Flashcards in Physiology Deck (179):
What is meant by autorhythmicity of the heart?
It is able to generate its own electrical impulses without external stimuli
Where does excitation of the heart normally originate?
What are the specialised cells within the SA node that initiate the heart beat called?
What is meant by sinus rhythm?
Describes the heart's pace being controlled by the SA node
SA node cells have a stable resting membrane potential. True/False?
They exhibit spontaneous pacemaker potential
What is the function of the spontaneous pacemaker potential?
Takes the membrane potential to threshold (depolarisation) to generate an action potential
What gives rise to pacemaker potential?
Decrease in K+ efflux
Slow Na+ influx
What causes the rising phase of the action potential (depolarisation) in SA node cells?
Opening of Ca++ channels, resulting in Ca++ influx
What causes the falling phase of the action potential (repolarisation) in SA node cells?
Opening of K+ channels, resulting in K+ efflux
Summarise the phases of the SA node action potential
Pacemaker potential: decreased K+ efflux, slow Na+ influx
Rising phase: Ca++ influx
Falling phase: K+ efflux
Which junctions allow cell-to-cell spread of excitation?
The AV node is the only point of electrical contact between atria and ventricles. True/False?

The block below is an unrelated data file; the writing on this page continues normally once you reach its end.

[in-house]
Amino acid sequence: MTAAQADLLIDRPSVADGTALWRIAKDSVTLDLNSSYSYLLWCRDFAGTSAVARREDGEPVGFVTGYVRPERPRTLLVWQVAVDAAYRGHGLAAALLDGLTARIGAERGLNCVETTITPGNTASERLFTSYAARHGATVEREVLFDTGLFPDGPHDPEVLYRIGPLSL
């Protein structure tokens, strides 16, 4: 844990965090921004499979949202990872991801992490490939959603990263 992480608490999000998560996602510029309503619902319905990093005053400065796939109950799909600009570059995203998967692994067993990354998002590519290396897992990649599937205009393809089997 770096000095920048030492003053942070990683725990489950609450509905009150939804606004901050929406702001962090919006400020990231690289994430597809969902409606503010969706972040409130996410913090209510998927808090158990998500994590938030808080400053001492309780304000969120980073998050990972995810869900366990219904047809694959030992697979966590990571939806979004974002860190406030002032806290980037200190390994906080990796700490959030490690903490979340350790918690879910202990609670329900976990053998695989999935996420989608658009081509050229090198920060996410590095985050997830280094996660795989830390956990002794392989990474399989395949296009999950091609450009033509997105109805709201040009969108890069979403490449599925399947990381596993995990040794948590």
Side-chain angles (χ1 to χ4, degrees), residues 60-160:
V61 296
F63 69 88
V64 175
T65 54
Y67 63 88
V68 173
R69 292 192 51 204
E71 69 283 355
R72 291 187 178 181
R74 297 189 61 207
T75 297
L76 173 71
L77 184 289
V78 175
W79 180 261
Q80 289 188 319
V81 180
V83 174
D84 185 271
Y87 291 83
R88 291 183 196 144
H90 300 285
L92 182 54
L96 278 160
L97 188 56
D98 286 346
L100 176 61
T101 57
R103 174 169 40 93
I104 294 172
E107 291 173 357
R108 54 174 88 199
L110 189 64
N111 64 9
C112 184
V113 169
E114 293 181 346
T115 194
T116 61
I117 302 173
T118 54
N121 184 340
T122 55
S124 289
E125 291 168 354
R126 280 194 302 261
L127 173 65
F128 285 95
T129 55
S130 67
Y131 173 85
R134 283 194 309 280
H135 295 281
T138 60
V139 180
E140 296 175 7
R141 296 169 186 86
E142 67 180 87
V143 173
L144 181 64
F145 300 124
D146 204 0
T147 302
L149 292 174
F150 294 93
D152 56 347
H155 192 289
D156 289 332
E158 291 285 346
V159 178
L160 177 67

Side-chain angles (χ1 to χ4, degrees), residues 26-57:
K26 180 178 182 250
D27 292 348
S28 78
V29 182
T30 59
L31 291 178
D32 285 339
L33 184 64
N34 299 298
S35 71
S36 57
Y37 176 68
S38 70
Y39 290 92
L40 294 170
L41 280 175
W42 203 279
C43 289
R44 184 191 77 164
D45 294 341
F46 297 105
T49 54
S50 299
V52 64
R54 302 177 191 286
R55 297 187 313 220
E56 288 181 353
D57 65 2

AV node cells are large and slow to conduct. True/False?
They are small and slow to conduct
Why is AV nodal delay present?
To allow time for atrial systole to precede ventricular systole
Which fibres enable the excitation to spread to the ventricles?
Bundle of His and Purkinje fibres
What gives rise to the rising phase of the action potential in ventricular contractile cells?
Fast Na+ influx
Describe Phase 0 of the cardiac action potential
Fast Na+ influx causes reversal of the resting membrane potential from -90mV to +30mV
Describe Phase 1 of the cardiac action potential
Closure of Na+ channels + transient K+ efflux causes some repolarisation
What gives rise to the plateau phase (phase 2) of the cardiac action potential?
What gives rise to the falling phase (phase 3) of the cardiac action potential?
Describe Phase 3 of the cardiac action potential
Closure of Ca++ channels and opening of K+ channels allows K+ efflux which causes repolarisation of the membrane potential back to -90mV
Sympathetic stimulation causes increased heart rate. True/False?
What is meant by vagal tone?
Parasympathetic stimulation to the heart dominating in resting conditions
The vagus nerve supplies only the SA node. True/False?
Supplies both SA and AV nodes
What does parasympathetic stimulation do to the AV node?
Increases AV nodal delay
Which neurotransmitter acts on which receptor in parasympathetic control of the heart?
ACh on M2 receptors
Name a competitive inhibitor of ACh that is used in bradycardia
Vagal stimulation causes the slope of the pacemaker potential to increase. True/False?
Slope decreases (increased AV node delay)
What is meant by negative chronotropic effect?
Decreased contraction of the heart due to less frequent action potentials